CPU Architecture

by Apr 13, 2021

Intel CPU Architecture

CPU Architecture

Moving Away from CISC & RISC

Apple is taking RISC architecture to higher and higher performances not even thought capable of RISC prior to the iPhone. It is now competing with desktop class systems. And now I just read where Nvidia is getting into CPUs. But Intel can not go RISC as it does not own that platform. However, CISC does not have what mobile users need. So where do we go?

I posit Intel take a page out of Apple’s playbook and bring forth a new system built from the ground up and transition away from RISC. An instruction set that AMD will not be licensed to use. One that is capable of mobile, desktop, and server requirements. General purpose, productivity, gaming, scientific, and more.

Modular Instruction Set Computer (MISC)

Modular design consisting of a bottom wafer that houses the I/O, cache, and power management. On top of the I/O wafer is the core wafer. The core wafer has ‘core package’ that includes the processing core(s) instruction set. Core packages for productivity and general, Gaming, Scientific/Data, VR/AR, AI, Environmental (gyro, altimeter, audio, visual, etc.)

This will allow Intel these advantages.

  1. Each core package can be highly tuned for specific workloads keeping the instruction set simple and efficient for that workload
  2. Engineers can work on core packages independently of the overall system. Teams dedicated to scientific core design. One for AI, and so forth. This gives them the freedom to design for a very specific purpose thus getting the most out of performance and efficiencies
  3. Not only will you have SKUs for specific workloads, but you will be able to build custom chips for enterprise clients by combining any configuration of core packages
  4. Keeping with your i5, i7, i9 lineup, you can have configurations such as i5VR tuned as a lower end VR kit and i9VR at the high-end. ixVR, ixAI, ixSI (scientific), ixGA (gaming), ixPR (productivity/general purpose)

Core Packages

Instead of general pipelines that have to do everything, you have an array of configurations. You may have an adder core package that has gates going around in a square for continuous counting because all they do is count. In the center (attached to the bottom I/O wafer) is the controller that puts computations onto the adder wheel (core) and pulls them off up to 4 times per cycle. Short add requests, it may only go around once, longer adds stay on the wheel as long as it needs. Feed the adder wheel with multiple maths. Have multiple adder wheels as needed for the workload. Controller puts the answer back onto the I/O wafer buss and pulls in the next request. Super tuned just for adding. Like the old Math Co-processors back in the day. 

The AI core package would be designed in a neural network mesh and an instruction set just for AI. Don’t need AI, then you save the space from the core and instructions. You may have a simple AI core and simple instruction set and a robust AI core and robust instruction set depending on application. Again, space taken where needed and saved if not needed.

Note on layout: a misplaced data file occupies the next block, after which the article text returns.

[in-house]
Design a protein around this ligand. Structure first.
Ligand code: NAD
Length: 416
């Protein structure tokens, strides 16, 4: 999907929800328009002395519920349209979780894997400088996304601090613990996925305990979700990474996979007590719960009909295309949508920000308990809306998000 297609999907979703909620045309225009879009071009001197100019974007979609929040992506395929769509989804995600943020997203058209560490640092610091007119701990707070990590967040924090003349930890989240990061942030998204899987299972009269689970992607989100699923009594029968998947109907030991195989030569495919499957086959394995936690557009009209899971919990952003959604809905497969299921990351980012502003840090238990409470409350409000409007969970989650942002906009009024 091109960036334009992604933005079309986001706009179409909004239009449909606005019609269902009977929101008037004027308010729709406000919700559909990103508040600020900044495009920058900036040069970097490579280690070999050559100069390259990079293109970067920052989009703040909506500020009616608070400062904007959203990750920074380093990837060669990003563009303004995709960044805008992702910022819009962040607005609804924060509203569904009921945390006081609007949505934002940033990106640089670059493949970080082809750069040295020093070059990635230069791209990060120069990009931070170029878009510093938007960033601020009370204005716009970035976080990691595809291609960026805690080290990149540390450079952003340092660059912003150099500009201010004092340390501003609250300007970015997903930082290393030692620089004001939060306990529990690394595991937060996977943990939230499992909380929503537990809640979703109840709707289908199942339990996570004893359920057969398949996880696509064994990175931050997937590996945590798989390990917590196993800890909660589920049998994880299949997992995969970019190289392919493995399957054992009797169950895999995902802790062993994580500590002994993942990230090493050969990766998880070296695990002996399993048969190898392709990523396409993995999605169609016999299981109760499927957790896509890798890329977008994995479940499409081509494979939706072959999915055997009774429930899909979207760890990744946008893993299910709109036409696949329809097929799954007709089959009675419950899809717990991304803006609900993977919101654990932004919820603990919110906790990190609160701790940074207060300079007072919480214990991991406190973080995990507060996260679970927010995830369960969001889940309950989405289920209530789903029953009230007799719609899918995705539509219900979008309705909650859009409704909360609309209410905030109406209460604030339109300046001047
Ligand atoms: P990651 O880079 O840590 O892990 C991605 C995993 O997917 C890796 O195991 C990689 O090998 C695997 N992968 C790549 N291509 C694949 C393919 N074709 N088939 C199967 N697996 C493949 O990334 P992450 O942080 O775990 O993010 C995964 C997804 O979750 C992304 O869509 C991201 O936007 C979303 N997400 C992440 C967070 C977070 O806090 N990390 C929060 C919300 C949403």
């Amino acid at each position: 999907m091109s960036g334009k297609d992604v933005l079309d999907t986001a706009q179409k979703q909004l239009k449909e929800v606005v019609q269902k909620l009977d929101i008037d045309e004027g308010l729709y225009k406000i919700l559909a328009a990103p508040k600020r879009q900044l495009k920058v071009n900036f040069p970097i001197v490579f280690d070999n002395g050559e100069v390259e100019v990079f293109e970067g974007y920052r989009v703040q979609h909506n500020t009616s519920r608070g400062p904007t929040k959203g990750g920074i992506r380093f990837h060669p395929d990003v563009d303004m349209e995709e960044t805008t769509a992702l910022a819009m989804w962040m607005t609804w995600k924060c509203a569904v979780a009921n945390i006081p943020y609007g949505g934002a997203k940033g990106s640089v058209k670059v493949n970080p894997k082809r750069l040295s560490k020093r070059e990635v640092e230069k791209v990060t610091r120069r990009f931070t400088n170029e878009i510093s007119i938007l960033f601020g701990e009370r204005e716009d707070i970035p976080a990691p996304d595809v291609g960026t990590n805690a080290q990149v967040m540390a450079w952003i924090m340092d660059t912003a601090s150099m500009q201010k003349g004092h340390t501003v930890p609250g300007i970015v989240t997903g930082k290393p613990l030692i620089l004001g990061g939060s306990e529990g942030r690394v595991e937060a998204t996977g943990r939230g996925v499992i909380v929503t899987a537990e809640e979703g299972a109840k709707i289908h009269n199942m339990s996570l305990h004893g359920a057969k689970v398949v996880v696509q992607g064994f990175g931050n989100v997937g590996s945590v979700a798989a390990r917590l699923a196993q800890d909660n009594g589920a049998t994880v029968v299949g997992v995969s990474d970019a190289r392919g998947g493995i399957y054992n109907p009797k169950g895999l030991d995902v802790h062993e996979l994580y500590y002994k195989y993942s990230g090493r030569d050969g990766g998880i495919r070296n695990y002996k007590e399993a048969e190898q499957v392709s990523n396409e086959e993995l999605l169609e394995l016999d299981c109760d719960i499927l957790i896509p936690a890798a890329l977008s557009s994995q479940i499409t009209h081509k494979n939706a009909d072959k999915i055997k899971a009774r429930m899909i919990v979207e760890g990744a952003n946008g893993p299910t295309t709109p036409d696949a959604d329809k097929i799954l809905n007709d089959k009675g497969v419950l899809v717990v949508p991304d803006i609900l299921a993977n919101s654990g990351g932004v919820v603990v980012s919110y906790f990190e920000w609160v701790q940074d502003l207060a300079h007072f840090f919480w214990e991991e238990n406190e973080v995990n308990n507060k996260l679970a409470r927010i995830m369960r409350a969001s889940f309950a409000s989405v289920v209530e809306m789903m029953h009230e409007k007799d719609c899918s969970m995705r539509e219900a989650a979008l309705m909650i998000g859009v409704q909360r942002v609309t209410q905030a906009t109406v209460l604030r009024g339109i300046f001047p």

Scientific and Data CPUs could be configured for more cache for lager calculations. Possibilities are endless. Manufacturing is straightforward as you take the needed cores out of the parts bin and assemble any configuration.


  1. Simplification of instruction sets. You have more of them, but they are simpler, easier and quicker to run.
  2. Cores are highly tuned for specific workloads. You do not have a pipeline that has to be a one size for all configuration.
  3. Reduced power/heat from #2.
  4. No Performance Cores and Efficiency Cores. They are now one in the same. High performance and efficient.


  1. Core packages allow dedicated engineering teams to work on designing to specific needs/problems. Including the I/O wafer. It will be simpler to tune a core package for better AI performance than it will be for general cores for AI while not breaking anything else. Releases can focus on the core packages updated in that cycle.
  2. As a bolt on system (almost) you bin the chips, then assemble onto the I/O wafer depending on production demand. In down time, you might run some scientific cores and bin them for later use. You don’t need the entire fab taken for a single use case as demand changes. Just add parts onto the core wafer to fill orders.
  3. keep the instruction set as simple and tight for each core type. The design of the cores and the layout of the CPU gets very complicated, however, the processing gets simpler, thus reducing compiling overhead, and energy trying to parse complex instructions.
  4. The I/O wafer might grow into the I/O/S wafer for Input/Output/Security. The security can replace the southbridge security completely.


There are of course risks that need mitigation. I will outline the ones I see and the mitigations below.


The largest risk is not owning the OS and therefore you will need Microsoft’s assistance building and tuning for the new architecture. However, this would give Microsoft the chance to sell a new OS with translator for your new architecture. Their OS, their office suite, their browser all optimized at launch. Collaboration with Adobe as mentioned above.

Zero Core Package

A user might have purchased a general pupose CPU with little or no AI capability. Perhaps a general purpose instruction set on the I/O wafer that is only used in the rare events someon is trying to use the system out of normal configuration. Or every SKU has a base configuration. Some research on best base option would need to be conducted.


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